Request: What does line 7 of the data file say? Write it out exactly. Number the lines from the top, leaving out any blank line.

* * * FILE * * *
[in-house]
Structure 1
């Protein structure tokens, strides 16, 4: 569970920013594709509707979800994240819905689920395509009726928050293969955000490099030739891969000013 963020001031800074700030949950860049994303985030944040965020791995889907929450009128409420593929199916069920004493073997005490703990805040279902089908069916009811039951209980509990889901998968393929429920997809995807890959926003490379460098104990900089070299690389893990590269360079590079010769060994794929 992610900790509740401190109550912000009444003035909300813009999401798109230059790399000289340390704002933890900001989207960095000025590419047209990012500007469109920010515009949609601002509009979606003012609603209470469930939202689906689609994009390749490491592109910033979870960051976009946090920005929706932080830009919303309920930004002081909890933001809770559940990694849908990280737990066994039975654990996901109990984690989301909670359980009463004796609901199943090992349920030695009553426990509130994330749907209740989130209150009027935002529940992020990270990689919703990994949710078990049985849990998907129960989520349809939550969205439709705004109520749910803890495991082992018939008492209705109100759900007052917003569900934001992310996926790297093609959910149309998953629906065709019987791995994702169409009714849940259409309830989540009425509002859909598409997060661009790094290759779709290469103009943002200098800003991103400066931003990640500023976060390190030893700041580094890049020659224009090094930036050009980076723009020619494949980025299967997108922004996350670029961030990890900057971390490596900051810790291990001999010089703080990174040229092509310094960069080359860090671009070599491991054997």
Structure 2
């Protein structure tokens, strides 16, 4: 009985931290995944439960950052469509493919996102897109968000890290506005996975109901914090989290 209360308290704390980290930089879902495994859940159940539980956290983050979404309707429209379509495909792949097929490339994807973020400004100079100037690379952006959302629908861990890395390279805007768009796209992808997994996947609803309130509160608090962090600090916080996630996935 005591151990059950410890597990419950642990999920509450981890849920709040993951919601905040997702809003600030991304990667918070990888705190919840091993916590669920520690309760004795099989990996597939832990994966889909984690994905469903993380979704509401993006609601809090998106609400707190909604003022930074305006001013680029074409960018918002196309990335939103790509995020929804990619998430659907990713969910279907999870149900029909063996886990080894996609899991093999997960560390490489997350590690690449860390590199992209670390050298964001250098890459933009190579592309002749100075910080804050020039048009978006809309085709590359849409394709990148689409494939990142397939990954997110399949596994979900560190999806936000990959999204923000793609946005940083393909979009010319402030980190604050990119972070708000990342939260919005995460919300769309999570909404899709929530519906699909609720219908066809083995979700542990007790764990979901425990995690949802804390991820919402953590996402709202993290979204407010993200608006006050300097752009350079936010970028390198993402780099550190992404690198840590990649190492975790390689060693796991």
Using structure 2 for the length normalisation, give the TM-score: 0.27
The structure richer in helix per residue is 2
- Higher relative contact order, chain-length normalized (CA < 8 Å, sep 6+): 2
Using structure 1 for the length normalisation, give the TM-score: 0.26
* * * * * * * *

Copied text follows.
The structure richer in helix per residue is 2